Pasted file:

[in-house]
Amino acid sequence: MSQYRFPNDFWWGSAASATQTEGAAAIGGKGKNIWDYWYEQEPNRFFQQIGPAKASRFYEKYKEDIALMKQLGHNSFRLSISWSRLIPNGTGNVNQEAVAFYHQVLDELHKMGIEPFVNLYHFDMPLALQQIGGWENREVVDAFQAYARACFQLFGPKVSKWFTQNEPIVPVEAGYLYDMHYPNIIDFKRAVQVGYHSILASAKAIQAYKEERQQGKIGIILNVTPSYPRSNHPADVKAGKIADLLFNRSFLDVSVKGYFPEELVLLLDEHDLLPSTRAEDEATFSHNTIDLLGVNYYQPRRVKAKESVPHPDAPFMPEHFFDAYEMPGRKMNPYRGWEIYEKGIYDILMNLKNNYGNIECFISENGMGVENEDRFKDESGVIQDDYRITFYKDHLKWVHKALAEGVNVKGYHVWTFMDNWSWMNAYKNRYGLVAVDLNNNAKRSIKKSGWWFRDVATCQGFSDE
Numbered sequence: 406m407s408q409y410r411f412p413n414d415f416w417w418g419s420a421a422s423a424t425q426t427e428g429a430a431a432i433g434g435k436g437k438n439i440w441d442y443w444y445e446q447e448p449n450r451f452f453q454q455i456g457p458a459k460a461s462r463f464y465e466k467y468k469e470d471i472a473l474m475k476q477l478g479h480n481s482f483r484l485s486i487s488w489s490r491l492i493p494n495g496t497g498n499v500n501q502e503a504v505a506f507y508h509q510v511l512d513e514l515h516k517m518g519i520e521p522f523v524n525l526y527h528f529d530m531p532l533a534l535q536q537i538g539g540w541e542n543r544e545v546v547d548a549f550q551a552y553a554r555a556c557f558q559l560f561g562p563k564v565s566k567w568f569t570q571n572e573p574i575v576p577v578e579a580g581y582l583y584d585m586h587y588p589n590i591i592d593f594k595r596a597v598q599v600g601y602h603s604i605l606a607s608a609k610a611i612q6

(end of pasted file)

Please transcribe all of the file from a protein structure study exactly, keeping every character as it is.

[in-house]
Amino acid sequence: MSQYRFPNDFWWGSAASATQTEGAAAIGGKGKNIWDYWYEQEPNRFFQQIGPAKASRFYEKYKEDIALMKQLGHNSFRLSISWSRLIPNGTGNVNQEAVAFYHQVLDELHKMGIEPFVNLYHFDMPLALQQIGGWENREVVDAFQAYARACFQLFGPKVSKWFTQNEPIVPVEAGYLYDMHYPNIIDFKRAVQVGYHSILASAKAIQAYKEERQQGKIGIILNVTPSYPRSNHPADVKAGKIADLLFNRSFLDVSVKGYFPEELVLLLDEHDLLPSTRAEDEATFSHNTIDLLGVNYYQPRRVKAKESVPHPDAPFMPEHFFDAYEMPGRKMNPYRGWEIYEKGIYDILMNLKNNYGNIECFISENGMGVENEDRFKDESGVIQDDYRITFYKDHLKWVHKALAEGVNVKGYHVWTFMDNWSWMNAYKNRYGLVAVDLNNNAKRSIKKSGWWFRDVATCQGFSDE
Numbered sequence: 406m407s408q409y410r411f412p413n414d415f416w417w418g419s420a421a422s423a424t425q426t427e428g429a430a431a432i433g434g435k436g437k438n439i440w441d442y443w444y445e446q447e448p449n450r451f452f453q454q455i456g457p458a459k460a461s462r463f464y465e466k467y468k469e470d471i472a473l474m475k476q477l478g479h480n481s482f483r484l485s486i487s488w489s490r491l492i493p494n495g496t497g498n499v500n501q502e503a504v505a506f507y508h509q510v511l512d513e514l515h516k517m518g519i520e521p522f523v524n525l526y527h528f529d530m531p532l533a534l535q536q537i538g539g540w541e542n543r544e545v546v547d548a549f550q551a552y553a554r555a556c557f558q559l560f561g562p563k564v565s566k567w568f569t570q571n572e573p574i575v576p577v578e579a580g581y582l583y584d585m586h587y588p589n590i591i592d593f594k595r596a597v598q599v600g601y602h603s604i605l606a607s608a609k610a611i612q6